Vail Mountain’s Woods breaks free to win |

Vail Mountain’s Woods breaks free to win

Ian Cropp
Vail, CO Colorado
Vail Mountain School skier Chris Woods competes in the state high school classic cross-country skiing championship race at Howelsen Hill in Steamboat Springs, CO on Friday, February 22, 2008.

STEAMBOAT SPRINGS, Colorado ” About one kilometer into Friday’s state-championship Nordic race, Vail Mountain’s Chris Woods jumped out to a lead and put aside his thoughts.

“That was the point when my body took over and I just started going,” Wood said.

For the final four kilometers of the five-kilometer classic race at Howelsen Hill in Steamboat Springs, Woods and his body stayed ahead of the field. As he closed in on the finish line, he regained control of his body.

“I went for the celebration at the finish line,” said Woods, who gave an emphatic fist pump.

In his final high school race, Woods came in at 14 minutes, 59 seconds to earn his first victory and lead the Gore Rangers to their second win in as many days.

“I was hoping for a good result, but I was more anxious to see how the team was doing,” Woods said. “We’ve all been working really hard together.”

Seven seconds after Woods crossed the line, his younger brother, Sean, came through in third.

“I was hoping I’d get second for a Woods-Woods finish,” Sean said. “I’m really happy for my brother.”

While the strategy of jumping out to an early lead sometimes can prove fateful, Chris didn’t let a seed of doubt enter his mind.

“I felt good about my skis and my fitness and thought it was time to go and attack,” he said.

Tony Ryerson was 11th, giving the Gore Rangers 168 points, three more than Aspen.

The Vail Mountain boys took second in the state tournament (overall results combined both Nordic and alpine races).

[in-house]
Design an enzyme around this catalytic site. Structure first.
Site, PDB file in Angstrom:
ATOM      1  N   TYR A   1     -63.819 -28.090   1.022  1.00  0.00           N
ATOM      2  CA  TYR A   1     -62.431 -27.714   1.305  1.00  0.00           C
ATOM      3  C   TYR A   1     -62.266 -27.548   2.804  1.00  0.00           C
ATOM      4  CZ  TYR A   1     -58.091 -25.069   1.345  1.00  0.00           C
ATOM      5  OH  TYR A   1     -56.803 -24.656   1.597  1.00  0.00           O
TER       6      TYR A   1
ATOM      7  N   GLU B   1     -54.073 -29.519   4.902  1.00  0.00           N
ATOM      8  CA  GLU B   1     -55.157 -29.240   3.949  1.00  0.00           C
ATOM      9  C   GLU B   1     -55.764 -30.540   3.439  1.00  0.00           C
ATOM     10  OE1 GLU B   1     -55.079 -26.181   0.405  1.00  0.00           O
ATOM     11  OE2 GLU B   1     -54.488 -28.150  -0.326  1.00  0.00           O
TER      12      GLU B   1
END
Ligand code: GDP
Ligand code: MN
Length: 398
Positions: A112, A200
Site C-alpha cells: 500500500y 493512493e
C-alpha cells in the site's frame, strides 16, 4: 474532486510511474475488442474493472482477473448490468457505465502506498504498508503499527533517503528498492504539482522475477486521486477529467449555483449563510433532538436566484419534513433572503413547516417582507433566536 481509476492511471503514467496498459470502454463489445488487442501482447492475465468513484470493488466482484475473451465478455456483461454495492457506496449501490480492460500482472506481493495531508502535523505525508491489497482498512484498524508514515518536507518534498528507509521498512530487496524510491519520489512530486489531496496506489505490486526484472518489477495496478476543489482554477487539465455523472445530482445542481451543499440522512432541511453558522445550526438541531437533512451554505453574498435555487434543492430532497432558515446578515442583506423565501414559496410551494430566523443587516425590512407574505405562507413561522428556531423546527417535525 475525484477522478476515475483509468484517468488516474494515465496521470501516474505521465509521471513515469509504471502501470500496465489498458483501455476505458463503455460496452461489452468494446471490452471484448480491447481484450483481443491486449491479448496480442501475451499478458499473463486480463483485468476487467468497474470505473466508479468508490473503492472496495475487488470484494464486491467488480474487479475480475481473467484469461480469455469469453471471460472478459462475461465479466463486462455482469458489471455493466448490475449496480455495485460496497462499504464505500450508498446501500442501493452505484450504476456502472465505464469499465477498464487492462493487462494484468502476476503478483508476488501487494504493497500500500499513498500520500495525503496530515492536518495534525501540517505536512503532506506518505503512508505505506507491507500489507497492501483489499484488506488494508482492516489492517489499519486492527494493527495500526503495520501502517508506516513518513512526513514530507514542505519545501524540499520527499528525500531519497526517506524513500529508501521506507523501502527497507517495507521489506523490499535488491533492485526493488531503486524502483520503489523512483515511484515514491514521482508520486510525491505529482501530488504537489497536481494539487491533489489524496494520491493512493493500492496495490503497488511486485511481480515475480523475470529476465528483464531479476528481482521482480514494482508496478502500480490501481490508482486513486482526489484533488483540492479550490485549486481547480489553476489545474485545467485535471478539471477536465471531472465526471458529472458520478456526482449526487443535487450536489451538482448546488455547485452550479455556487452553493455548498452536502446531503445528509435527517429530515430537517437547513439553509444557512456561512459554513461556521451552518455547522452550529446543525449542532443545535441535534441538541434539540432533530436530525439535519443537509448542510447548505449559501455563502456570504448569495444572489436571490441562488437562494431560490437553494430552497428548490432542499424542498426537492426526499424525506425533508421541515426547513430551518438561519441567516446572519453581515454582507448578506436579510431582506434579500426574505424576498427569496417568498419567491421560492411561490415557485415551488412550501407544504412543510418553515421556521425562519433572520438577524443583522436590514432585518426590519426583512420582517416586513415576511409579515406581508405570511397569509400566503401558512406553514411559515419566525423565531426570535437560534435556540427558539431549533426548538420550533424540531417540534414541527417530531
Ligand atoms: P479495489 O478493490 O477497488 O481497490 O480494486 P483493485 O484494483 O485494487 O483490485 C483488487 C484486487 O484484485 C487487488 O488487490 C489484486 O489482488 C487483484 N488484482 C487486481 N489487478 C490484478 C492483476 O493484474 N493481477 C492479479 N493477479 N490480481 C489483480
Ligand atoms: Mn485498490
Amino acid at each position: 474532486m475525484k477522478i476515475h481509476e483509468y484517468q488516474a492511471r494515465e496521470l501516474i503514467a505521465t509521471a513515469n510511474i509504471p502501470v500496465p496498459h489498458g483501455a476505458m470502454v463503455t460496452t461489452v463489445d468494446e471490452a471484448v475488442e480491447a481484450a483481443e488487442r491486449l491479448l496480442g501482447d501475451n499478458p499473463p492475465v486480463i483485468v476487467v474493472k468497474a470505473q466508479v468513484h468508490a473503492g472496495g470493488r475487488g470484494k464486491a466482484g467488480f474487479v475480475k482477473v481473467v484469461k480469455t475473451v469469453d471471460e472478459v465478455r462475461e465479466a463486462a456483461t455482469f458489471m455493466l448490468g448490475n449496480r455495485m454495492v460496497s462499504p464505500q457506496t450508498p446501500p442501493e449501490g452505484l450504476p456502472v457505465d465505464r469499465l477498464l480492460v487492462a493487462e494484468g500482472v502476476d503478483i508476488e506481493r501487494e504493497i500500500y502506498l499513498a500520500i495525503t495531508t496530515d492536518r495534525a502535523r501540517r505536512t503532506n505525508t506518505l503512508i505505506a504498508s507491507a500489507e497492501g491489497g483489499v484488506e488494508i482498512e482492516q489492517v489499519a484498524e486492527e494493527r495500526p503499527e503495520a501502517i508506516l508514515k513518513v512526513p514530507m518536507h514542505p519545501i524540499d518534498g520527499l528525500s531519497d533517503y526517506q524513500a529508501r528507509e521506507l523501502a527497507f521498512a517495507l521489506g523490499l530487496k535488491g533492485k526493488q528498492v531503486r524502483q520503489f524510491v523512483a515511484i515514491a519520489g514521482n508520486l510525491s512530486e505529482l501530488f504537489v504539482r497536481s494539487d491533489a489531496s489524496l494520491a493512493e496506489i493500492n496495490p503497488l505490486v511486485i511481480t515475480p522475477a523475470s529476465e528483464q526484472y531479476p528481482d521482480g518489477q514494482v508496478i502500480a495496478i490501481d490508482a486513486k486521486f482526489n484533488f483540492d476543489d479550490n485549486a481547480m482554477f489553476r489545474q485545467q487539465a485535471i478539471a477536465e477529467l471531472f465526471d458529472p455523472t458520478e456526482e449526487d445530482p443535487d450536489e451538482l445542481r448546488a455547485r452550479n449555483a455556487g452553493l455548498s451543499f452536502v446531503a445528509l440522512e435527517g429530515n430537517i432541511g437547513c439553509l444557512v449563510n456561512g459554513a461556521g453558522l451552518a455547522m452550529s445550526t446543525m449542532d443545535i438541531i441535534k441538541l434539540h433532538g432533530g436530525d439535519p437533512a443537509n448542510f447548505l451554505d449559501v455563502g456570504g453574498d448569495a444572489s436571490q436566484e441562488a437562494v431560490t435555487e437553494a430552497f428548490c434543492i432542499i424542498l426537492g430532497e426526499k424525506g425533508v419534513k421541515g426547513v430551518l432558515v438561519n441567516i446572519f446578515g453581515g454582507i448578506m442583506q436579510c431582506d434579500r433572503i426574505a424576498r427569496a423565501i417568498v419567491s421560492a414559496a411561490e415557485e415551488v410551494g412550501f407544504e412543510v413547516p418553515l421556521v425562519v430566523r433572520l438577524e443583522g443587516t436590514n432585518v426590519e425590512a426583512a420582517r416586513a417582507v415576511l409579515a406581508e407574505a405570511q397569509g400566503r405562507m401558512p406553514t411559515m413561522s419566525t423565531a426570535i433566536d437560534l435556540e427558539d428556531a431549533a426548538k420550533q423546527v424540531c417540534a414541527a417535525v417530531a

“It definitely portrays the amount of work our team has put in this year,” Chris Woods said. “We’re just so excited for everything. It’s a compliment to our coaches, Dan Weiland and Karl Hochtl, and their training. They’ve done so much for us all year, and everything has paid off. Now we can celebrate for a few days and get back to training.”

Vail Mountain, along with other skiers, competes in club races and heads to Alaska for junior nationals in mid-March.

Battle Mountain’s Conor Wallace followed a great race Thursday with another solid outing, placing 13th in Friday’s classic competition. Vail Mountain’s Wes Batts was 14th, followed by teammate Rob Fitz in 16th.

Vail Christian’s Ian Hamina capped off his first year of Nordic with a 21st-place finish Friday.

“I felt really strong,” said Hamina, a sophomore. “I was a little more nervous at state (then other races) because I felt more was riding on it, but I think I may do better when I’m nervous.”

Nick Brink led Eagle Valley in 24th, one spot ahead of teammate Ethan Smith.

“In four years, Nick has never come in first for us,” said Eagle Valley coach Glen Ewing. “He put together a race that for him was fantastic. What a way to go out senior year.”

For the second day in a row, Summit’s Briana Perkins edged Vail Mountain’s Karlie Moore to take first in the girls race.

“It was a sprint to the finish,” Hochtl said. “They were double-poling each other down the home stretch, and Briana just nudged her at the line.”

Vail Christian’s Jessica Linder took fourth but could have easily placed out of the top 10 if not for her frenetic comeback. About half of a kilometer into the race, one of Linder’s poles snapped.

“Interesting is one word you could use,” Linder said of her predicament. “Our coaches were scrambling and kind of snatched one from a pedestrian skier and gave it to me, but it was way too big. … I only went a few strides and threw that off, and they went to get another.”

After what felt like an eternity, one of Linder’s coaches found another pole.

“It was still a little big, but at least I had a pole to ski with,” Linder said.

Finally armed with a pair of poles, Linder got back on track, this time with an extra push.

“I was not the happiest person on the face of the Earth,” Linder said. “I was a bit angry and think that it was an incentive having so many people ahead of me. I knew how many places and how much time I had lost.”

One by one, Linder picked off competitors and came in just six seconds off the third-place finisher.

“I have my broken pole,” Linder said. “My dad is going to hold on to it for now.”

Vail Mountain’s Kaitlin Zdechlik took 11th, while sister Lauren was 20th, putting the Gore Rangers in third for the second straight day.

“It was a great weekend, and it’s fun to see all their hard work pay off,” Hochtl said. “I told the kids earlier, it’s a state meet and anything can happen … and crazy stuff


Jamie Lee Roberts was the top finisher for Battle Mountain, in 37th, while Ali Gulick led Eagle Valley in 40th.

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